Last year more than 120 volunteers worked tirelessly to turn the unloved area into a haven for wildlife and a place for people to come to enjoy being close to nature.

The garden has a wildlife pond, bird hide, a woodland area with bench and totem pole, a gazebo and a bug hotel. The garden is bursting with life and colour and has attracted many different types of birds, one even nested in one of the bird boxes, and we have tadpoles in the wildlife pond.

The idea behind the garden was to create a space that, together with providing somewhere for people coming to the Centre to visit, could be used to bring people together and be used by different groups and organisations.

We want the space to be enjoyed and used.  If you know any groups who would benefit from visiting the garden – whether it’s just to come and sit for half-an-hour, look at the different wildlife habitats, fill up our bird feeders or do some light gardening tasks such as weeding – we’d love to hear from you. It could be a one-off visit or regular visits and if there was a specific project your group would like to do, such as growing vegetables in a raised bed, then we would happily try to apply for funding.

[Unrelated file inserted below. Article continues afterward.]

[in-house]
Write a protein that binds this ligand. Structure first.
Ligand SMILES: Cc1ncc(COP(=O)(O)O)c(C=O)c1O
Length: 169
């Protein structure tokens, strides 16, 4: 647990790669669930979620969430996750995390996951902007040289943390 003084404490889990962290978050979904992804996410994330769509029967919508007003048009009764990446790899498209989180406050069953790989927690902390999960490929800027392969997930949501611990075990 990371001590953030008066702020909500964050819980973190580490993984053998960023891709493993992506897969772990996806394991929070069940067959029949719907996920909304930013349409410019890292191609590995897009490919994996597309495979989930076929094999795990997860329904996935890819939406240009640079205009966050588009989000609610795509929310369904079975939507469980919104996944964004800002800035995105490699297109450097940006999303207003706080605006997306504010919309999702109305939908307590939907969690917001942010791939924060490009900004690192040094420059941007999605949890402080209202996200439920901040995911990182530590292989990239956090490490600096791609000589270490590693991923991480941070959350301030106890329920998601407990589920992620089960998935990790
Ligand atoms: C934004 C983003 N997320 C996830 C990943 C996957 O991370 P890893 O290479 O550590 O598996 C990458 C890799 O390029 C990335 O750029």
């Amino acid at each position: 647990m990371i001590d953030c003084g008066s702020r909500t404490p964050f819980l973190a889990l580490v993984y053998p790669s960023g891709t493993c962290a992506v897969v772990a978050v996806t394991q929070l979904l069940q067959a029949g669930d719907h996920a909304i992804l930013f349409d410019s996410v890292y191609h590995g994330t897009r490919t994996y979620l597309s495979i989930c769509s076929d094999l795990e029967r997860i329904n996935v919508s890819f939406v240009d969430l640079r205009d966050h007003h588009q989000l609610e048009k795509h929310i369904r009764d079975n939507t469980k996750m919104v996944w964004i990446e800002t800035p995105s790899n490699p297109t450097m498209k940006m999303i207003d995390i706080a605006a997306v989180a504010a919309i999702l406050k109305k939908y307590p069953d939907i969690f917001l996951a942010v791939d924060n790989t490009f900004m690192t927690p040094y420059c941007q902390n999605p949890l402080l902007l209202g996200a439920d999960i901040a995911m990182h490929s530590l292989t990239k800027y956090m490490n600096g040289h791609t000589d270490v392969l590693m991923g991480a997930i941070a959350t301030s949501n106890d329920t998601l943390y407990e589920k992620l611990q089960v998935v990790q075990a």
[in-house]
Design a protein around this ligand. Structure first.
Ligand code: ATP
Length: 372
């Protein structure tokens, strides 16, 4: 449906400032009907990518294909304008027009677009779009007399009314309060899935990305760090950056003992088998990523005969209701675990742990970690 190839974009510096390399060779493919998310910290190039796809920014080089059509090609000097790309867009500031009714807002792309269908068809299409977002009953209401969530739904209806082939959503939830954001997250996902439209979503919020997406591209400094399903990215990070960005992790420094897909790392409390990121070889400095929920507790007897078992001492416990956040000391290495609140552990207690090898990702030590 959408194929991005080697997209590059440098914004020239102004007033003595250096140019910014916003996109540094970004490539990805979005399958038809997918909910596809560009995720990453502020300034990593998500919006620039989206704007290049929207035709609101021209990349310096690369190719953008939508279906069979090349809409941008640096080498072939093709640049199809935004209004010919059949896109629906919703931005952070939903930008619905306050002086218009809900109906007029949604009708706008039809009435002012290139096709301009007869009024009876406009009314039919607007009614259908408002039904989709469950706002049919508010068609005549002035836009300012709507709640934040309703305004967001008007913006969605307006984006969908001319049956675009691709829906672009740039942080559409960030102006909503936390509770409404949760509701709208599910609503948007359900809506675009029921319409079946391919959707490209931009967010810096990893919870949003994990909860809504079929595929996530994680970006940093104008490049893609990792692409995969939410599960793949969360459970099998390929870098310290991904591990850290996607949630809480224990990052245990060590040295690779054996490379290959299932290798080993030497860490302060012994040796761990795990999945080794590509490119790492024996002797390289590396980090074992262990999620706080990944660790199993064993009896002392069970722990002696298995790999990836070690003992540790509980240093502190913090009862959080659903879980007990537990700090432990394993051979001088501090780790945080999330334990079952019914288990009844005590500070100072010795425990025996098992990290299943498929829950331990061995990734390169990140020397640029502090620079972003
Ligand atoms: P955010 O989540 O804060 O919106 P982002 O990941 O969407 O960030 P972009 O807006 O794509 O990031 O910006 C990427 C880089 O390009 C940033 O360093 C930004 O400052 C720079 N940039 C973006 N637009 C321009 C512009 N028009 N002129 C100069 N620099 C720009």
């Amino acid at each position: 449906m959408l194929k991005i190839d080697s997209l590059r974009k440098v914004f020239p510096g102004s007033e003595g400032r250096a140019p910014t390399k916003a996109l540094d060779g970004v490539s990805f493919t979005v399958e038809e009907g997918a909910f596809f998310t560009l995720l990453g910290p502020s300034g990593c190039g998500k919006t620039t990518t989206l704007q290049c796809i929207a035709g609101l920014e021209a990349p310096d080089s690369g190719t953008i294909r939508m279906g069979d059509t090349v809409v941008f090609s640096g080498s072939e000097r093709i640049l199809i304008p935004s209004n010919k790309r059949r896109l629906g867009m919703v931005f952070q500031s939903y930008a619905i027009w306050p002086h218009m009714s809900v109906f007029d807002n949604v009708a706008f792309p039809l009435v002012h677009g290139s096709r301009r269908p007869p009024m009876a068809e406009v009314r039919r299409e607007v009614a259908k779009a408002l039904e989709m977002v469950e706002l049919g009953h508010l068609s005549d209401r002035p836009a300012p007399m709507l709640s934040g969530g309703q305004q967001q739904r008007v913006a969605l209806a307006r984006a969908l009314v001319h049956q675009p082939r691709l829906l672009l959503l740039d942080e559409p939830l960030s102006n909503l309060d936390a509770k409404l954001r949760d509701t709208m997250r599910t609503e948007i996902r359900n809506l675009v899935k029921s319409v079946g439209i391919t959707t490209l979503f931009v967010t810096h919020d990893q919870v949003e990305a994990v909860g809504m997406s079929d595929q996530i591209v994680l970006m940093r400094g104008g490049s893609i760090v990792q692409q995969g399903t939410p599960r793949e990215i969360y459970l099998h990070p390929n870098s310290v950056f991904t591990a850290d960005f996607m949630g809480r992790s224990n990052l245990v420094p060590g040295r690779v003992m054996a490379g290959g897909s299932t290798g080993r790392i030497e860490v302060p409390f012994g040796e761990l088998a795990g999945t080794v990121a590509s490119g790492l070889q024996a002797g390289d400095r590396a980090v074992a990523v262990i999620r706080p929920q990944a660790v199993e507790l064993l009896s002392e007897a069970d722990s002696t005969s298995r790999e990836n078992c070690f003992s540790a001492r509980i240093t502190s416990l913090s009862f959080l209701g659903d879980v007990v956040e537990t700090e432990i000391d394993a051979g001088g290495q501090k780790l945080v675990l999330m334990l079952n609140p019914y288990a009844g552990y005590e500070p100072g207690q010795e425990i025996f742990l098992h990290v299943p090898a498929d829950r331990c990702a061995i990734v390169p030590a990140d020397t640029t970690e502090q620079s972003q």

The entrance to the garden and gazebo is fully accessible but the rest of the garden has woodchip paths.  Your group would need its own transport, as the Centre is not on any public transport routes,

If you’d like to find out more please contact jane.walters@leicesteranimalaid.org.uk


Everybody’s Reading Festival

The festival is city-wide and last year saw more than 100 events take place at 40 venues throughout Leicester involving everyone from children to grandparents, including many events on the city’s estates.

This year, the event organised by De Montfort University has been extended from a nine-day festival to cover the whole month of October.